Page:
Cranbrook bills itself as the basecamp of the Kootenays as it offers easy access to…
Oh no was all I could think as John and I drove up to the entrance of Prince Albert National Park in mid-July. Flies bombarded our car like missiles with NO let up. And we had a 20 km hike to Grey Owls Cabin planned the next day.
I hate bugs as much as the next person and although I’d brought my bug jacket, I was unprepared for the sheer number of bugs – including flies, mosquitoes and black flies we would encounter on the hike to Grey Owls Cabin. I was going to have to learn how to deal with them and quickly.
Before you go to Prince Albert National Park
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Do not think of visiting this part of this world in July without a bug jacket and a head net. I guarantee you’ll enjoy the outdoors way much more. And don’t forget the insect repellent. I’d recommend repellent that has some DEET in it. You might not need that in the city but you need it here.
If you want learn more read Grey Owl: The Mystery of Archie Belaney
How do you get to Grey Owl’s Cabin?
We decided that we would boat one way and hike back. Otherwise it’s a 40 km round-trip hike to Grey Owls Cabin on an out and back trail. That is better done as a two to three day backpacking trip – in August or September when the bugs have died down.
We arranged for a boat ride with Waskesiu Marine Adventure Centre but we were asked to help move the boat to Kingsmere Lake. That ended up being good fun.
You launch your boat from the parking lot, motor or canoe 400 m down the Kingsmere River to a large dock. Then with a winch system, you get your boat onto a four wheeled rail cart (that you might have to retrieve from the lake) and finally you push the cart for 1 km through the woods until you get to Kingsmere Lake. It took us about half an hour to do it all.
Then it’s a very enjoyable boat ride across Kingsmere Lake. Winds can blow up quickly on the lake but we were lucky and enjoyed a smooth crossing to a beach beside the trail to Grey Owl’s Cabin. And the bugs weren’t an issue though I went prepared.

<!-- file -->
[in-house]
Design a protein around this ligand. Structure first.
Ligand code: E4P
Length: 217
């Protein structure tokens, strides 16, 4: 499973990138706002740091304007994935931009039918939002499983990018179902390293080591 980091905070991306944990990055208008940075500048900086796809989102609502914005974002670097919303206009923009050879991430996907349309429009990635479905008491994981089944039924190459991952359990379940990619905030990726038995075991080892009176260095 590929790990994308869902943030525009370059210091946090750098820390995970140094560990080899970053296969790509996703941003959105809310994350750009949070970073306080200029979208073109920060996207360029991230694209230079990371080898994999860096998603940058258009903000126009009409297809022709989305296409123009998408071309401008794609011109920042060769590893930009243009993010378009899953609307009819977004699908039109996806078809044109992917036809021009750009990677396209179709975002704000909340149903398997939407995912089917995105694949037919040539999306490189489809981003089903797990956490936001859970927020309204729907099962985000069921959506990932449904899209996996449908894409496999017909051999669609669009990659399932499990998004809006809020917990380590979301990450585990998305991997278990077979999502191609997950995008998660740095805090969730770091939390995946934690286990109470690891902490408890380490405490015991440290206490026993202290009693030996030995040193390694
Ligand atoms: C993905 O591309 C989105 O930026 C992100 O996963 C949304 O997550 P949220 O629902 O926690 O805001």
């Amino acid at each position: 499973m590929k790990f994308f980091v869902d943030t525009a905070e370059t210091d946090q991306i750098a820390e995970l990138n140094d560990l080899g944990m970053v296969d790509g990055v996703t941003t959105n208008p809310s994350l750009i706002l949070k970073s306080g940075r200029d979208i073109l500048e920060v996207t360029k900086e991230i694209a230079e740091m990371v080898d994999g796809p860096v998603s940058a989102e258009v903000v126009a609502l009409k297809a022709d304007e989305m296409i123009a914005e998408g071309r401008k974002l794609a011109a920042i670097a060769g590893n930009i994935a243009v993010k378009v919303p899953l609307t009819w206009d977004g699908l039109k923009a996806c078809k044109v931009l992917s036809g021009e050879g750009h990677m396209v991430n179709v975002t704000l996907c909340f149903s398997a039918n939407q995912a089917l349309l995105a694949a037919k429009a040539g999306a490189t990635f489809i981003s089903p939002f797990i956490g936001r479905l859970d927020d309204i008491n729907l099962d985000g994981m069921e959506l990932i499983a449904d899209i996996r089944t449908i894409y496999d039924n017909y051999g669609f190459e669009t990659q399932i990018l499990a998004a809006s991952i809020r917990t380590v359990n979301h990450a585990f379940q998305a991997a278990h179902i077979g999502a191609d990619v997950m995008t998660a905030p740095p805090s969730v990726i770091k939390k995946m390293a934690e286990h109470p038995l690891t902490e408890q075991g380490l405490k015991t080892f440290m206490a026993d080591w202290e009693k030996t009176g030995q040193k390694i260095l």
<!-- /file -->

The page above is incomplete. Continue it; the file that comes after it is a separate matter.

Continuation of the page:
Grey Owls Cabin from Kingsmere Lake – how to get there
The hike to Grey Owls Cabin leaves right from the beach on Kingmere Lake. Its 3.2 km one way on a mostly good trail. Canoeists and kayakers can portage their boats 600 m and approach the cabin on Ajawaan Lake from the water.
Note: Be sure you’re prepared before you go. Always carry the 10 hiking essentials!
Who was Grey Owl?
Grey Owl was Canada’s first naturalist and a unique and often controversial individual. He has been called “a liar, a lush, a bigamist and an imposter” – all true from what I’ve read.
He was born in England as Archibald Belaney and it wasn’t until his death that it was discovered he was English and not Native. He had come to Canada as a young man and spent several decades trapping and guiding in northern Ontario. Eventually, he left trapping behind and has been credited with starting the conversation about conservation and wilderness preservation. He also penned three bestselling books.
There are also many books written on the man and a Richard Attenborough film – Grey Owl – starring Pierce Brosnan.
At the start of the trail there is a sign inviting you to visit the cabin – if your heart is right.
If you are one of the people who have made the hike to Grey Owls Cabin then you can pick up a postcard available in the Beaver House. It’s a lovely memento.
The hike between Kingsmere Lake and the Kingsmere River Parking Lot
After our visit to the cabin we had a 16.8 km hike to get back to the parking lot. It’s easy hiking through mostly very pretty woods dotted with patches of wildflowers. It’s also full of deer and on many occasions both deer and I startled each other.
Along the trail there are three backcountry campsites (that can be booked at the Visitor Center) as well as one bookending each end of the trail.
About an hour after a lunch break we both couldn’t handle the heat and jumped into the lake. What a treat that was!
Details and info on the hike to Grey Owls Cabin
In total we hiked 23.2 kilometres in about seven hours – including stops and lunch. By the end we were hot, sweaty, tired and very sick of the bugs. In fact, we let in about 30 mosquitoes just getting into the car.
Still, it’s a very interesting hike, especially when you start to learn more about Grey Owl. August, September and October would be a lovely time to visit. Of note was on the drive into the trailhead we saw a wolf pup. We did carry bear spray too though we didn’t even see bear scat.
If it’s buggy
If you do the hike during the buggy season take a bug net and wear a bug jacket. John didn’t wear a bug jacket so mosquitoes bit his back through his shirt relentlessly. And at the cuff area on each arm, he had to have had at least 50 mosquito bites – partially because he hates putting on bug spray. I had no qualms on this day and didn’t actually get more than a handful of bites.
Further reading on things to do in Saskatchewan
For more information on Prince Albert National Park, visit the website.
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